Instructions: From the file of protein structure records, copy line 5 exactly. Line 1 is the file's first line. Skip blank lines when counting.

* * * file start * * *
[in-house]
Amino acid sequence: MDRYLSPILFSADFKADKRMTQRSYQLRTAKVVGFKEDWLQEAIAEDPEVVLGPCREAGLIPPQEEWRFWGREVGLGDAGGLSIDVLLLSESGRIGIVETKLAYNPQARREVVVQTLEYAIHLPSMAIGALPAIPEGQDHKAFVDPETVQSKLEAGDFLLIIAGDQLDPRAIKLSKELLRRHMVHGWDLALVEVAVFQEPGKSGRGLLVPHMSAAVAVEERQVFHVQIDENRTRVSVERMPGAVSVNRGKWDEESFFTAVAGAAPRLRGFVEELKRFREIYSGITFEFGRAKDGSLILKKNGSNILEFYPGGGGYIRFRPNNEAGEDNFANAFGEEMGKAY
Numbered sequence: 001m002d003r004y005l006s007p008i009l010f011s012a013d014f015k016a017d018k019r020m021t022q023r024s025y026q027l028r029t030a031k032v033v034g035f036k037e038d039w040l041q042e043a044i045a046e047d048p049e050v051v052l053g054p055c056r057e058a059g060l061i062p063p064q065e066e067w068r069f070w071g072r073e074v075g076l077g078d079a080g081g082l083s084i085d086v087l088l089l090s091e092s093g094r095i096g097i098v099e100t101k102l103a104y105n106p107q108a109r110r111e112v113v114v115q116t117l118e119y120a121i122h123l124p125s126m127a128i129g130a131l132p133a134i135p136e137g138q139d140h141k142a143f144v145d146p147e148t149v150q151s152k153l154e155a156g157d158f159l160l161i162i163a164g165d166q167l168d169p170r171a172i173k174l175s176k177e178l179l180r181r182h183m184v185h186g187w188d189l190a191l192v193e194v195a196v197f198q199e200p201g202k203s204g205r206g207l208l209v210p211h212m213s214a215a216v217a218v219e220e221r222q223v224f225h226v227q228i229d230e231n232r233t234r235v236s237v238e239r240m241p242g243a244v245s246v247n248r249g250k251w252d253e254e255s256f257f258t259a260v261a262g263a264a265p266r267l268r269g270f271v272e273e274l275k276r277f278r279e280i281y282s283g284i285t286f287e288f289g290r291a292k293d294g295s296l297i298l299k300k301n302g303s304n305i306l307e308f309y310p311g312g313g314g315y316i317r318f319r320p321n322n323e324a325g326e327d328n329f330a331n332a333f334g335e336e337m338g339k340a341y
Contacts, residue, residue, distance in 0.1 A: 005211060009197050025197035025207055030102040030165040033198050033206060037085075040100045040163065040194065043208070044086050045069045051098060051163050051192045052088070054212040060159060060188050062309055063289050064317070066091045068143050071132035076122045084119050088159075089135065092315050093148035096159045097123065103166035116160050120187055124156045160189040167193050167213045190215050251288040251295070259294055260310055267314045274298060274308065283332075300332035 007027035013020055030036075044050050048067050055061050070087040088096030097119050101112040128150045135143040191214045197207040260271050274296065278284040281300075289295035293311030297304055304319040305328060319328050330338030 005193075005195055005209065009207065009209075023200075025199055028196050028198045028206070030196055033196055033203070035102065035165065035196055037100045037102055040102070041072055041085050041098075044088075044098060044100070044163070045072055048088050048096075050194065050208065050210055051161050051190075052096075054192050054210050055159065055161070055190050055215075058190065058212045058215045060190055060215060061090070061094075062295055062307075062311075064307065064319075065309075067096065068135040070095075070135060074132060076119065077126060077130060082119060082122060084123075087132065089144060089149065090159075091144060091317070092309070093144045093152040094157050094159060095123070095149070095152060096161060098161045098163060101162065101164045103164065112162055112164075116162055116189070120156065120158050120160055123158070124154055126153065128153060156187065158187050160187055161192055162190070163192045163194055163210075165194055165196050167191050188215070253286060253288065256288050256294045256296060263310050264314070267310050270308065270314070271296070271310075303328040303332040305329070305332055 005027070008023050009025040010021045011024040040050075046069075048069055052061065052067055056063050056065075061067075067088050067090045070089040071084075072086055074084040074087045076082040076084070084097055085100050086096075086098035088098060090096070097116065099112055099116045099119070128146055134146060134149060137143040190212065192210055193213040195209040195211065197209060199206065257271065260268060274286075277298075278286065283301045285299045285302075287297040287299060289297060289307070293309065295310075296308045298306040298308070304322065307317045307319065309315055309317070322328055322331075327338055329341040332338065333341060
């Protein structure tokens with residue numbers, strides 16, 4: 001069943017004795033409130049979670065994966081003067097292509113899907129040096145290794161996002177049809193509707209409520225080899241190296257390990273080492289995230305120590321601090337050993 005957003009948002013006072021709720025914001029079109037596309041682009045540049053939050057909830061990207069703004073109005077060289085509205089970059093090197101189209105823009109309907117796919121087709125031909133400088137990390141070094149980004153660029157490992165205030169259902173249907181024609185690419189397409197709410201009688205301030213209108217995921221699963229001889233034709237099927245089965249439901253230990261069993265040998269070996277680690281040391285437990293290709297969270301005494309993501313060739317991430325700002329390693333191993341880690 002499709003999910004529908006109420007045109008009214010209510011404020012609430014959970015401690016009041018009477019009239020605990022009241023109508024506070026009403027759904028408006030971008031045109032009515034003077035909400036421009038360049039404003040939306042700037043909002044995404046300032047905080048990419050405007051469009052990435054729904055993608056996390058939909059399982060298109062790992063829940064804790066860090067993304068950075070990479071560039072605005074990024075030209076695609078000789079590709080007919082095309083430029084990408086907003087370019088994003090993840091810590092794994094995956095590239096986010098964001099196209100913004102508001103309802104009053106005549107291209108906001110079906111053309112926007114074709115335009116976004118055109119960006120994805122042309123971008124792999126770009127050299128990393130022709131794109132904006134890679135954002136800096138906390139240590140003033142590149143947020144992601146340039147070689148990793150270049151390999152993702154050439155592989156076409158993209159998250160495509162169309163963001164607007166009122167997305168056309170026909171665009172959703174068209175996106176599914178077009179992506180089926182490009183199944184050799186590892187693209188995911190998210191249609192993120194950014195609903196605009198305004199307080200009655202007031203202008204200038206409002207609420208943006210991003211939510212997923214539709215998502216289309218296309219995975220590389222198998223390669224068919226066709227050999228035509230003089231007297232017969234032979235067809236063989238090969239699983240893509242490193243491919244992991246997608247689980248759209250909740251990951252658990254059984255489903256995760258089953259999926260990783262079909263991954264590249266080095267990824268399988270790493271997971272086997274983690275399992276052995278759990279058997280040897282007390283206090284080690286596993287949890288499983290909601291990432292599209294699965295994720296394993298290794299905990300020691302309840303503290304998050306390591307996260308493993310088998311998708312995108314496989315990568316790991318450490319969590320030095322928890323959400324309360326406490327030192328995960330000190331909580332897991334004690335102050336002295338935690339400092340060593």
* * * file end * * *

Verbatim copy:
């Protein structure tokens with residue numbers, strides 16, 4: 001069943017004795033409130049979670065994966081003067097292509113899907129040096145290794161996002177049809193509707209409520225080899241190296257390990273080492289995230305120590321601090337050993 005957003009948002013006072021709720025914001029079109037596309041682009045540049053939050057909830061990207069703004073109005077060289085509205089970059093090197101189209105823009109309907117796919121087709125031909133400088137990390141070094149980004153660029157490992165205030169259902173249907181024609185690419189397409197709410201009688205301030213209108217995921221699963229001889233034709237099927245089965249439901253230990261069993265040998269070996277680690281040391285437990293290709297969270301005494309993501313060739317991430325700002329390693333191993341880690 002499709003999910004529908006109420007045109008009214010209510011404020012609430014959970015401690016009041018009477019009239020605990022009241023109508024506070026009403027759904028408006030971008031045109032009515034003077035909400036421009038360049039404003040939306042700037043909002044995404046300032047905080048990419050405007051469009052990435054729904055993608056996390058939909059399982060298109062790992063829940064804790066860090067993304068950075070990479071560039072605005074990024075030209076695609078000789079590709080007919082095309083430029084990408086907003087370019088994003090993840091810590092794994094995956095590239096986010098964001099196209100913004102508001103309802104009053106005549107291209108906001110079906111053309112926007114074709115335009116976004118055109119960006120994805122042309123971008124792999126770009127050299128990393130022709131794109132904006134890679135954002136800096138906390139240590140003033142590149143947020144992601146340039147070689148990793150270049151390999152993702154050439155592989156076409158993209159998250160495509162169309163963001164607007166009122167997305168056309170026909171665009172959703174068209175996106176599914178077009179992506180089926182490009183199944184050799186590892187693209188995911190998210191249609192993120194950014195609903196605009198305004199307080200009655202007031203202008204200038206409002207609420208943006210991003211939510212997923214539709215998502216289309218296309219995975220590389222198998223390669224068919226066709227050999228035509230003089231007297232017969234032979235067809236063989238090969239699983240893509242490193243491919244992991246997608247689980248759209250909740251990951252658990254059984255489903256995760258089953259999926260990783262079909263991954264590249266080095267990824268399988270790493271997971272086997274983690275399992276052995278759990279058997280040897282007390283206090284080690286596993287949890288499983290909601291990432292599209294699965295994720296394993298290794299905990300020691302309840303503290304998050306390591307996260308493993310088998311998708312995108314496989315990568316790991318450490319969590320030095322928890323959400324309360326406490327030192328995960330000190331909580332897991334004690335102050336002295338935690339400092340060593």